A twig snapped. Then another. A listening pause. Heavy footsteps broke through the brush. Something large moved through the dense forest next to me.
The hike began easily enough in the early morning mist on the coastal Cascade Head trail near Seaside, Oregon. It steeply angled up through the ferns and old growth forest. Completely alone, and at ease, I snapped off photos for paintings as I traipsed up the trail.
I encountered only birds and bugs as I climbed the silent trail. When I heard a large twig snap, I stopped, listened, then smirked. Being the outdoorsy girl I am, I figured a few elk or deer were browsing about. No biggie. Pretty cool. The footsteps began to get a little closer. I strained for a look-see, thinking these elk (by now, I knew they were much bigger than deer) were acting pretty bold, moving closer to me. Then…wait. A ripping sounded through the undergrowth. Crap. It had to be a bear, tearing up the bark in search of grubs. I firmly regretted: A) Not having my husband with me, and B) Not having any type of weapon. Yikes. I snuck along for a while, trying to keep quiet and escape before it noticed me. But, of course, the trail switchbacked right back to the beast. Visions of the last Sasquatch show I watched on TV pressed on my brain. Was that breathing I heard? Deciding defense was my best offense, I stomped, shouted, and flapped my arms wildly. Really kept my cool. Nothing happened. Was it listening to me? Was it deciding I might make a great appetizer? Had it begun planning its strategic attack from behind?
I didn’t stick around to find out. Being the best example of the worst behavior, I turned and RAN! I made it to the viewpoint in no time at all, out of breath, legs burning, a sketchy look about me. But alive. Then I realized: This was not a loop trail. I had to return back the same way. ARGH!!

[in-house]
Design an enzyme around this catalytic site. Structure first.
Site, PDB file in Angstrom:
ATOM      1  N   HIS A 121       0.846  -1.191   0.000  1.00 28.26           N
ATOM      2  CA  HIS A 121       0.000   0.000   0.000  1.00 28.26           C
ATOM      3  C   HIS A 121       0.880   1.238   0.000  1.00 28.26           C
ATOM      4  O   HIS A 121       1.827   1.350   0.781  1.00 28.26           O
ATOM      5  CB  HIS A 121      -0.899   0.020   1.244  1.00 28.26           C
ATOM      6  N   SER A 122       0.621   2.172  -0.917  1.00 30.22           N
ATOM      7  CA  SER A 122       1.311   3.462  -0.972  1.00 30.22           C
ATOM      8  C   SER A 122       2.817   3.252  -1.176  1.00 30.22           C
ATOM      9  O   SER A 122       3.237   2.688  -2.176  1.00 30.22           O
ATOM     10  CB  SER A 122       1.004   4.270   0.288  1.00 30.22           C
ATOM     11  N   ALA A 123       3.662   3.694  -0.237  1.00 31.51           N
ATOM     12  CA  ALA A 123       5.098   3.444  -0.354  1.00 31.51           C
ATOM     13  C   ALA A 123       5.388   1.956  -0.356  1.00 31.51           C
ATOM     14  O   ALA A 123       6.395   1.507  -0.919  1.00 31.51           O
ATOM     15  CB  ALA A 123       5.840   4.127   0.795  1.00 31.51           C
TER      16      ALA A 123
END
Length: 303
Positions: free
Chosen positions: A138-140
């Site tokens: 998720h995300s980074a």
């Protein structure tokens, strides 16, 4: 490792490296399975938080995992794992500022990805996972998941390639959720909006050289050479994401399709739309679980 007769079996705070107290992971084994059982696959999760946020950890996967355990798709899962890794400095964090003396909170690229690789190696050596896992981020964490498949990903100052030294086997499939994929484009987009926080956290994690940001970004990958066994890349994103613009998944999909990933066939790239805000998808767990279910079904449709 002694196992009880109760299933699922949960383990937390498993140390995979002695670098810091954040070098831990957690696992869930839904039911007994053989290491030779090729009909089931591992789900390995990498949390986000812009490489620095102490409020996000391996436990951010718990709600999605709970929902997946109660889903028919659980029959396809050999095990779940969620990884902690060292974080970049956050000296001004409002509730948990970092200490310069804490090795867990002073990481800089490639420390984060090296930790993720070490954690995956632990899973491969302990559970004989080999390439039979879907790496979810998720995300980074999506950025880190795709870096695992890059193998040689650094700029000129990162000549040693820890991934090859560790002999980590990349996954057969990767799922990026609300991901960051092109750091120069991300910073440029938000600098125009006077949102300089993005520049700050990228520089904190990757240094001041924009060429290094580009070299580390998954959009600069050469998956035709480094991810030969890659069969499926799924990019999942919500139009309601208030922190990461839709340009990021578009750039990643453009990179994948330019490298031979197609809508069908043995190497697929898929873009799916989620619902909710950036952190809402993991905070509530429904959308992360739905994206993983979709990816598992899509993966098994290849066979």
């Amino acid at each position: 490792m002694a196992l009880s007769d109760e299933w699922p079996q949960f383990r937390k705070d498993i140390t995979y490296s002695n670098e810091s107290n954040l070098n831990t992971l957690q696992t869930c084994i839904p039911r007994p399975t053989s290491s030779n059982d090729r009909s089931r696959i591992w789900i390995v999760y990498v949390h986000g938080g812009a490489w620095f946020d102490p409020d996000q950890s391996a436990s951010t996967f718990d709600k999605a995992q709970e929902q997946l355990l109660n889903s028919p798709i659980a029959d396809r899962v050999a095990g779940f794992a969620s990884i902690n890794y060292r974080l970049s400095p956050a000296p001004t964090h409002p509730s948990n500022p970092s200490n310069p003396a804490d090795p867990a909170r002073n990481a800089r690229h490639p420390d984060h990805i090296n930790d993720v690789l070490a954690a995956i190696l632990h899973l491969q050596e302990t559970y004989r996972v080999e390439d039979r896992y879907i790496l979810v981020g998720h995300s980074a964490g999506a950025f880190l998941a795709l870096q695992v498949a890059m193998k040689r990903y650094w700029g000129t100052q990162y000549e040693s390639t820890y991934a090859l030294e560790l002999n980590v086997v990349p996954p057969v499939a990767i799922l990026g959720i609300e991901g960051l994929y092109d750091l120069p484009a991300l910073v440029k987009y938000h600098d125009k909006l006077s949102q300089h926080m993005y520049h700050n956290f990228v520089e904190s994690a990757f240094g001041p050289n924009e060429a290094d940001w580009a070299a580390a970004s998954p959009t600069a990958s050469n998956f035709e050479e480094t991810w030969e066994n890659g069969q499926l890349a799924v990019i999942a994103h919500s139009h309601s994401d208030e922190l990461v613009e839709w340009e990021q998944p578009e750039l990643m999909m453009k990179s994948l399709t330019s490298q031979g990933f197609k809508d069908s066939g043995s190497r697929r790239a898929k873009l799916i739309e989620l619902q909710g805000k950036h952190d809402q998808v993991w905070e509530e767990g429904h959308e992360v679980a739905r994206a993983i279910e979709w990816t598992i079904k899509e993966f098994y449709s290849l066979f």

The next day, strolling along the boardwalk of the quaint little town of Seaside, I relayed my story to my husband. We both chuckled. Ha. How silly. How child-like. It all seemed so distant and un-scary. In fact, the day was so civilized and calm that when I came across a white picket fence (yep), containing a most amazingly robust dahlia display, I had to snap off a couple of photos of its beautiful benign-ness. The soft light, the beach in the distance, and the gorgeous flowers confirmed that maybe I hadn’t been so scared. All was fine! Sasquatch(bear?) be damned!
Back in the studio, I used a strange thing in my slightly crazy watercolors. I had to respond in some way, to the weirdness in the forest. Fabric paint. Yep.
Need I say that, in the early 90’s, I, too, was a victim of the Fabric Paint Addiction. For reals. I bought clothes and fabric-painted (3-D, no less) on them. A LOT. And gave them away as gifts. Many gifts. Umm..yeah.
For this painting, however, it is un-recognizable as the 90’s puff-paint. Don’t tell anyone. I covered it completely with gesso after it dried to keep the painting archival. Although I would like to have had more fluidity with the material, it definitely gave the painting base texture of scribbles.
The fabric paint provided scribbles, dots, and textural blurbs over sheet music. A gridded plaster tool pulled through the wet paint provided interesting texture, shown on the right side of this photo:
I had the photo/drawing of the dahlias in mind for this painting the whole time I worked on texturizing the plexi. In this way, I was able to plan that the fences and plant stems would roughly be where the grid lines were, and the dirt/concrete sidewalk at the left hand side would be where the scribbled fabric paint was.
This really is, truly, one of my favorite paintings. Not sure how many I have now, but this one is up there. Here is the finished result.
The photo, above, simply does not do this painting justice. Beachy Dahias color and texture is vibrant and intriguing, and unusual in watercolors.
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